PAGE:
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Reviewed by Karen Seth. Teacher, Upper Harbour Primary School, Auckland.
Opening sentence
The sun rises over a tiny, cliff-bound island, Where seabirds peek out of burrows, Skinks scoot across the forest floor, And wētā watch from tree hollows.
As soon as I picked up this book, I knew this was going to be a special book. I ran my fingers over the embossed cover and appreciated the beauty of the artwork it enhanced. I flicked through the pages to see more stunning paintings of small creatures native to New Zealand, including the Giant Centipede which, strangely enough, I had encountered for the first time, on my doorstep the night before. I knew I was hooked without having read a single word.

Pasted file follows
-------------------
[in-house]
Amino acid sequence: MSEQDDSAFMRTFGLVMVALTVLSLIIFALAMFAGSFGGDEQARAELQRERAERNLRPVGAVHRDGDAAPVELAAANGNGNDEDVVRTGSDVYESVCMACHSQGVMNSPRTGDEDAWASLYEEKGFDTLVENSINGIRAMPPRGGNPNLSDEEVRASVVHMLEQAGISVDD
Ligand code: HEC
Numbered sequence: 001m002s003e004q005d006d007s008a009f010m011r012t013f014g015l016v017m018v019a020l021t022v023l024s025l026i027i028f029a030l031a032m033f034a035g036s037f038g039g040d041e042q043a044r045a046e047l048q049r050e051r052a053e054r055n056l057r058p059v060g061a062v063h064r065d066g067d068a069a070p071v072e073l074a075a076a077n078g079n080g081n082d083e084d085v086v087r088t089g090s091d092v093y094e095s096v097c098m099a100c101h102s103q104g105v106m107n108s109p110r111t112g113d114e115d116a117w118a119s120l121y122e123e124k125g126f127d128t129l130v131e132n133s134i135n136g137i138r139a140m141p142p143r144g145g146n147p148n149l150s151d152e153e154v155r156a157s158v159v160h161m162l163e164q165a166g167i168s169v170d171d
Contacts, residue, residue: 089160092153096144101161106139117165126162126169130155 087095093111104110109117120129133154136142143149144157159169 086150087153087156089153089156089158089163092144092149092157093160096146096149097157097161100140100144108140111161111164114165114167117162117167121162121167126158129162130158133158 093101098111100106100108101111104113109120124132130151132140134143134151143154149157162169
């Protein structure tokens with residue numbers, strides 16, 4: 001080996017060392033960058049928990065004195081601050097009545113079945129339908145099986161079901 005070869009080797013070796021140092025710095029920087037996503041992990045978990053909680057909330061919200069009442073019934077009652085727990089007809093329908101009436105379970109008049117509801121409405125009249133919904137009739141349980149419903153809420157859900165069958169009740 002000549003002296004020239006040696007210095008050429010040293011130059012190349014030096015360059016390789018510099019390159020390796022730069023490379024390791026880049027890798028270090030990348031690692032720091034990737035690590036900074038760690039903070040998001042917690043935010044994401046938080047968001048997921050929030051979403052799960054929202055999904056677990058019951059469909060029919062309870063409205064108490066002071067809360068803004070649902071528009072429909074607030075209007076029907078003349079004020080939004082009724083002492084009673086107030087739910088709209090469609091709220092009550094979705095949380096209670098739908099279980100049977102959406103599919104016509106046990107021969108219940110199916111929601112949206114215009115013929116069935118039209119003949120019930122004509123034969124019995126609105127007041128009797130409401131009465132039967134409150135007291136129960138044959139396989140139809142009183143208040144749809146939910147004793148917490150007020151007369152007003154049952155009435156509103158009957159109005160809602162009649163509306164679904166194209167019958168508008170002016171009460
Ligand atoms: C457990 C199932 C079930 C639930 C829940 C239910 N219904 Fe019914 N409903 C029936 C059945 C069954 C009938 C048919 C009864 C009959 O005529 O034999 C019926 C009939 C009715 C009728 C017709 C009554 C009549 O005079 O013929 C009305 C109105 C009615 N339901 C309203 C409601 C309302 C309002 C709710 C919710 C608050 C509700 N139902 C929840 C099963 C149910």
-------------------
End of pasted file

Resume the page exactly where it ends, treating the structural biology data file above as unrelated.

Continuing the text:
Katie Furze informs us of the significance, and the history of the tuatara through a rhyming narrative. She mixes poetic and scientific vocabulary in an unusual way that would be great to capture the interest of both those children who love stories and those who are the avid scientists. Fact boxes add further information to bolster the images’ storytelling.

Because of the beauty of the illustrations and the language, I recommend this book for any students in the years 3-7 range. It could also work being read to some younger groups if this was an area of study.

One thing which disappointed me a little was that the cover was a little flimsy - the corners are curling and I think I will have to protect it with a plastic book covering which might detract from the beauty of the embossed picture on the front.
Author & Illustrator: Katie Furze, illustrator: Ned Barraud
Publisher: Scholastic
ISBN: 9781775437987
Format: Paperback
Publication: Jul 2023
Ages: 7-12 years
Themes: Aotearoa, New Zealand nature, ecology, and history